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APPETITE FOR DISCUSSION
Welcome to Appetite for Discussion -- a Guns N' Roses fan forum!

Please feel free to look around the forum as a guest, I hope you will find something of interest. If you want to join the discussions or contribute in other ways then you need to become a member. We especially welcome anyone who wants to share documents for our archive or would be interested in translating or transcribing articles and interviews.

Registering is free and easy.

Cheers!
SoulMonster

2005.01.15 - The Telegraph - Slash: Alive And Riffing

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2005.01.15 - The Telegraph - Slash: Alive And Riffing Empty 2005.01.15 - The Telegraph - Slash: Alive And Riffing

Post by Blackstar Mon Jan 11, 2021 10:34 pm

Slash: alive and riffing

By Neil McCormick

The former Guns N' Roses guitar hero has cleaned up his life and resuscitated his career with his new band Velvet Revolver. He talks to Neil McCormick. The record company representative is looking wobbly. "I made the mistake of going for a quiet drink with Slash last night," he says. "I woke up this morning face down in my garden." Sympathy is tempered by the fact that anyone familiar with Slash's form should really have known better. A guitar hero of the old school, for Slash, the words "quiet" and "drink" simply do not belong in the same sentence.

Slash: 'A gypsy road guy'

The culprit slouches in 10 minutes later looking completely untouched by the previous evening's
proceedings. Slash describes himself as "a gypsy road guy" and he certainly has the look down pat. His trademark curtain of curly locks is tied back in a pony tail and firmly lodged under a scruffy cap. He has a full range of body piercings and tattoos, with rings dangling from ears and nose. He is wearing scuffed jeans and a black T-shirt bearing the quaintly old-fashioned legend: "Die yuppie scum". A perpetual cigarette dangles between his thick lips and he spends our whole encounter wreathed in smoke.

He considers ordering a beer from room service, then decides it is too early (it is noon) and settles for a pot of tea. Slash's new band, Velvet Revolver, are in Britain on a sold-out tour, playing to 80,000 hard-core rock fans. Their brand of speed riffs, punk attitude and shrieking metal is not the kind of music you hear on daytime radio, but last year, their album, Contraband, became the fastest selling debut ever in the US. Interest stems from the fact that three members – guitarist Slash, bassist Duff McKagan and drummer Matt Sorum – were once the engine room of Guns N' Roses, arguably the archetypal US stadium rock band prior to the onset of grunge and Nirvana.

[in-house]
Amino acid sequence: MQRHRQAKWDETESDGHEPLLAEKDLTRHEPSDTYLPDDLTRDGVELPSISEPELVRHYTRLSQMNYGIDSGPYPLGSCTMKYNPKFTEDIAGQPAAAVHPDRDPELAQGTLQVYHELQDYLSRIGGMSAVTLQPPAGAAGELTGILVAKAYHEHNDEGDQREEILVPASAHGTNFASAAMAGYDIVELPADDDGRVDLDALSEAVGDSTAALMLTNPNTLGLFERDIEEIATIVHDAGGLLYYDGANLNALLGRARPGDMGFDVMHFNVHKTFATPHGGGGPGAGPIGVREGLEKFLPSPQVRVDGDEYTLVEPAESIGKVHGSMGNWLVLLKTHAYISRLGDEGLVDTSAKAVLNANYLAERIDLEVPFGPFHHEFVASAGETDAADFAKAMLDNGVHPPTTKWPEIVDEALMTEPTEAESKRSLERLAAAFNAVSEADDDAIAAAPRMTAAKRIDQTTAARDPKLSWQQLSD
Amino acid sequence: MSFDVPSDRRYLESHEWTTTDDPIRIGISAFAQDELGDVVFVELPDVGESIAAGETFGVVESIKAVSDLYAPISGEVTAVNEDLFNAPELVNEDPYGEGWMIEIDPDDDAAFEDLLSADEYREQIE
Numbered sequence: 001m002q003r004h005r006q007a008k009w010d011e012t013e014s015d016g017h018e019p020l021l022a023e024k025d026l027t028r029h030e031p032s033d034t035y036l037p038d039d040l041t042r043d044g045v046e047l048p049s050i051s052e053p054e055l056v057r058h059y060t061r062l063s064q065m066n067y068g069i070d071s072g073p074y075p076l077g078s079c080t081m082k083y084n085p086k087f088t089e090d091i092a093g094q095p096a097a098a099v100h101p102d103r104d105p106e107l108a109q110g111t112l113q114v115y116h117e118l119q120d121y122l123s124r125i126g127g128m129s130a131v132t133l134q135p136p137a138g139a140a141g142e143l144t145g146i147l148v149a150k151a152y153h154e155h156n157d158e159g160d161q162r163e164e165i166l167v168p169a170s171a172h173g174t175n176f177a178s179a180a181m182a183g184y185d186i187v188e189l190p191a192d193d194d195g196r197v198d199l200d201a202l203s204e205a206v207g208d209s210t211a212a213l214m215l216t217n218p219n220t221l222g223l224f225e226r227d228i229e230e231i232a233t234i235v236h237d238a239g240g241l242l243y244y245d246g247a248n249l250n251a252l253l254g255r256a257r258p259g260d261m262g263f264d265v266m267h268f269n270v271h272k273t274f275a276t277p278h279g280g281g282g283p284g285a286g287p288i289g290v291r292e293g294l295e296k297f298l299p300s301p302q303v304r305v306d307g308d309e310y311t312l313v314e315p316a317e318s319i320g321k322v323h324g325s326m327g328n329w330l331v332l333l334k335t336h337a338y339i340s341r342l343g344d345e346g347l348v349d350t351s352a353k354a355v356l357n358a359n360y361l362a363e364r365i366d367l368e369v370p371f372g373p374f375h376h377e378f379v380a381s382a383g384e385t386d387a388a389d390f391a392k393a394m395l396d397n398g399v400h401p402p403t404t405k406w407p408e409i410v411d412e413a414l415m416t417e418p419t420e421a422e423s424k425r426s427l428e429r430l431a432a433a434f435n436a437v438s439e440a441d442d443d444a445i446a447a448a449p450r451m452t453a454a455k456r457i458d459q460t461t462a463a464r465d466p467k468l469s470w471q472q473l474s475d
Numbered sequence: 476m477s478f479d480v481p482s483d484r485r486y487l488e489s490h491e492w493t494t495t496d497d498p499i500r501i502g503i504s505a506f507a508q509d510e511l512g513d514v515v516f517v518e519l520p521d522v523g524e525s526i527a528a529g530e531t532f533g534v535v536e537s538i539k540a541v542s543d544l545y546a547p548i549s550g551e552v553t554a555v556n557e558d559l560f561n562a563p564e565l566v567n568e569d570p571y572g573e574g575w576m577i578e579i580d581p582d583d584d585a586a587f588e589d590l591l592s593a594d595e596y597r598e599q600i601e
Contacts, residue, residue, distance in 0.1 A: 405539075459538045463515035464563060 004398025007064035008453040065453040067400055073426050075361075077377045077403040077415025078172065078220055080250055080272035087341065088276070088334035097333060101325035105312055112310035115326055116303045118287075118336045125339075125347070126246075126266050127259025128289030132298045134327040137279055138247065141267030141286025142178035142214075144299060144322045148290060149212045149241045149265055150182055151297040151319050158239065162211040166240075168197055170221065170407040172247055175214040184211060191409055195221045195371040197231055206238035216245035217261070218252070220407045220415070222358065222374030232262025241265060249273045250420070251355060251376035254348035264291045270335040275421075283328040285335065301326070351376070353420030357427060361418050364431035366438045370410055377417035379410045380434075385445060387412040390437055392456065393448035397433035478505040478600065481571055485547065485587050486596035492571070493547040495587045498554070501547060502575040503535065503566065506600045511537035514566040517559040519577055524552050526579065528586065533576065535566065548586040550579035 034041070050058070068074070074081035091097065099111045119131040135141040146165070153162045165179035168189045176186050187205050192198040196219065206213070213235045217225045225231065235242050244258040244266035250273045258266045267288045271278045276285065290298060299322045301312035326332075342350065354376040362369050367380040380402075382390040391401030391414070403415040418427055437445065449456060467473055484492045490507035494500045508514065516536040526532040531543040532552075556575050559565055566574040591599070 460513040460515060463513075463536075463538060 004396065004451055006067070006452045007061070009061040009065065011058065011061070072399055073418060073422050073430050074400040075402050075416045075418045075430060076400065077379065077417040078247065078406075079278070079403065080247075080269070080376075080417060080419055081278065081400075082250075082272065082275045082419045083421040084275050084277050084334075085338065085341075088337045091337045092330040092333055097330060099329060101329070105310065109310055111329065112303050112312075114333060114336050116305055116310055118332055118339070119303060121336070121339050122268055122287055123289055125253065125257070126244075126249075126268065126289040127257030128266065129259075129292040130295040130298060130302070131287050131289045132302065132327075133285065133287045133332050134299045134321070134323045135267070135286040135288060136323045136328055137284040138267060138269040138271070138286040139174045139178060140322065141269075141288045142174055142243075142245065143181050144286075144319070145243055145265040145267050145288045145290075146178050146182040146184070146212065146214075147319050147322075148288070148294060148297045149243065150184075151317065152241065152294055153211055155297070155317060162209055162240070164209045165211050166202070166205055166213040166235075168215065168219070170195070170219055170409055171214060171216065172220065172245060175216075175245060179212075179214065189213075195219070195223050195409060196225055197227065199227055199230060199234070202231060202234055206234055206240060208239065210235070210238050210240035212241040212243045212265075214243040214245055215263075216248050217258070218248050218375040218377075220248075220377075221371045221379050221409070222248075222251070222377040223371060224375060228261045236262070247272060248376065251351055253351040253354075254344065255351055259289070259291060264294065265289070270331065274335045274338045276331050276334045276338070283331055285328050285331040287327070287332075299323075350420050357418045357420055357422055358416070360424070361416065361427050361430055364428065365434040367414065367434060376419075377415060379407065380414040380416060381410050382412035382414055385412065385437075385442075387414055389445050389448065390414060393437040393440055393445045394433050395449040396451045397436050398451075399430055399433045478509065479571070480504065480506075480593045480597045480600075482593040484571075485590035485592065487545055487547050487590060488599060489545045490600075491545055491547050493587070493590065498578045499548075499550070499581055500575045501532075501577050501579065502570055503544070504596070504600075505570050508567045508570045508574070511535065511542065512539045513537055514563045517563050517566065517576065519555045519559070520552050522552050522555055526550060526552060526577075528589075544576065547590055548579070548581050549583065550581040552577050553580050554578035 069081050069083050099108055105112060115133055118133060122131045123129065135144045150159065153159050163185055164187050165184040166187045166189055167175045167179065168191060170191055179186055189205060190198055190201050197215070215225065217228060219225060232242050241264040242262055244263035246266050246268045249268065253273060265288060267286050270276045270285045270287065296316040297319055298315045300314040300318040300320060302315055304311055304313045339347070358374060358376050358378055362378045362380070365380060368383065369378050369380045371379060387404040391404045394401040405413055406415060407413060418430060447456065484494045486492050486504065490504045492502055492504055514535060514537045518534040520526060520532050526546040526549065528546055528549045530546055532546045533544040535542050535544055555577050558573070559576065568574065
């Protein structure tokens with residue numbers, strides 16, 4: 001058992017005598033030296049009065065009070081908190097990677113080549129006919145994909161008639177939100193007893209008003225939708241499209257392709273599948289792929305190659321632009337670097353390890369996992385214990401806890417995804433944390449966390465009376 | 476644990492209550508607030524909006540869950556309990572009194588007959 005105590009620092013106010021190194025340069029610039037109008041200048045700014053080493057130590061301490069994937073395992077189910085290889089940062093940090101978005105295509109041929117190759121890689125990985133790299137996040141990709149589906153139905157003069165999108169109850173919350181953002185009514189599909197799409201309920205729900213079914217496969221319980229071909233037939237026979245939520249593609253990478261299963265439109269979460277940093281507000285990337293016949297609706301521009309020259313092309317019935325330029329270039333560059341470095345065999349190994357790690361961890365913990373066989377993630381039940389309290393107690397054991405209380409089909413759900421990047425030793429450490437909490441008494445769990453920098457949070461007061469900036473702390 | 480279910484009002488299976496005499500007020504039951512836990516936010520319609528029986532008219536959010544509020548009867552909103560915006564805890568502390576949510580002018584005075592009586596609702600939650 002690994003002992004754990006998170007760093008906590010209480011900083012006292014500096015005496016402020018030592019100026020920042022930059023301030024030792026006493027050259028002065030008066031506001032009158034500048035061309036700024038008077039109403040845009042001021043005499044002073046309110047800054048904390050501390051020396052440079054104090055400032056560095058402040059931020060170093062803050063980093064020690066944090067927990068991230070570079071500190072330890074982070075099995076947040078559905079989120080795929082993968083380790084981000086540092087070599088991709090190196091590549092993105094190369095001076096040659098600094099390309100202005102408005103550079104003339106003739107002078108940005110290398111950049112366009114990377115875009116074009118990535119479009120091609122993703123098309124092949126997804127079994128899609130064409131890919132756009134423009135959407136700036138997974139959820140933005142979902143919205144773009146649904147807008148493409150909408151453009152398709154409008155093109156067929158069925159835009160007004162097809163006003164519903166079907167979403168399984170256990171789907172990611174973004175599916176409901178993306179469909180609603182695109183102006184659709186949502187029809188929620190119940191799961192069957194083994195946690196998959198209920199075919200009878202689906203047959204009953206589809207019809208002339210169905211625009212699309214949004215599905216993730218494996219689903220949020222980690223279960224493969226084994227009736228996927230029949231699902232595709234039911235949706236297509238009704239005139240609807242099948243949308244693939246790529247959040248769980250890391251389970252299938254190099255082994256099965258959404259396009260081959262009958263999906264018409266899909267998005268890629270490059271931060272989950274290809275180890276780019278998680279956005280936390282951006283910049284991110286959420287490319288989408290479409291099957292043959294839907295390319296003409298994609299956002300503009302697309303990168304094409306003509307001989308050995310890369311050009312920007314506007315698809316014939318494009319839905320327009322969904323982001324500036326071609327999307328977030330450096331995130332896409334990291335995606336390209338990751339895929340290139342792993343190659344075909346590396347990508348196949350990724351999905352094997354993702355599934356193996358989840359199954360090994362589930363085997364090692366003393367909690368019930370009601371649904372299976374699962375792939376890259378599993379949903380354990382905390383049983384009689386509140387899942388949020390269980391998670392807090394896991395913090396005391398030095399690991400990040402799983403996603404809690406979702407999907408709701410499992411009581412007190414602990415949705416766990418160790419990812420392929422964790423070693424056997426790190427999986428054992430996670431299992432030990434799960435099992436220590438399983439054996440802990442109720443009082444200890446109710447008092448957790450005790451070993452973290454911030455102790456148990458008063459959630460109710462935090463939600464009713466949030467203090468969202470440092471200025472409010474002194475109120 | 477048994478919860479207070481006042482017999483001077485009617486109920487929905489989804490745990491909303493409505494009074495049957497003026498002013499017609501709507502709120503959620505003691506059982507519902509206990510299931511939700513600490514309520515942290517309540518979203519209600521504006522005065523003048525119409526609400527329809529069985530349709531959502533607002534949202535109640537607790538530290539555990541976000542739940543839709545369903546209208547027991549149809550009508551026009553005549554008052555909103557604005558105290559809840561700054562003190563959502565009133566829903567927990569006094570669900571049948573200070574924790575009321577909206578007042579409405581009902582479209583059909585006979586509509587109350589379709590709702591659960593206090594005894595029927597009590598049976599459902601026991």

Perhaps the most hedonistic rock band of a particularly self-indulgent era, they released only three albums between 1987 and 1993, while consuming heroin, cocaine and alcohol on a gargantuan scale. Legend has it that Slash once overdosed, was pronounced dead, revived, then checked himself out of hospital because he had a show to play.

"It's interesting that I'm still alive," says Slash, who looks disconcertingly healthy for a 40-year-old
with his history of excess. "The drugs killed me a dozen times and for some reason they always
resuscitated me. Eventually I thought, 'Somebody's trying to keep me here so I shouldn't take advantage of it so much.'"

This apparent realisation of divine purpose did not entirely curtail his indulgences, however. Rather, he says, "That sort of slowed me down. And then I just drank myself almost to death. They told me I only had three months to live, if I was lucky. So I cleaned myself up, got my health back, and now I just drink a glass a night." Having seen the state of his press officer, I express scepticism. "Maybe I have a few shots and a couple of glasses of wine," revises Slash.

Although it would be impossible to discern from his appearance or accent, Slash was born Saul Hudson in Hampstead, north London, and spent the first years of his life in the un-rock and roll environs of Stoke on Trent. His father, Anthony, was an English album cover designer who worked with Joni Mitchell, among others. His mother, Ola, was a black American clothing designer who worked for "everybody in the entertainment business, Diana Ross, Sly Stone, David Bowie, Ringo Starr, Curtis Mayfield, the Pointer Sisters."

They moved to LA when Slash was 11. "I was exposed to neurotic musicians ever since I was a little kid. I used to love the look of the equipment, the concerts, getting into the venue and seeing the place filling up with people, the stage, the lights, the whole thing." He picked up a guitar at 15, formed his first band at 16. He claims hedonism was not the attraction. "I already had the lifestyle down. Guns N' Roses just kicked it up a notch. It was always the music that made me focus and persevere."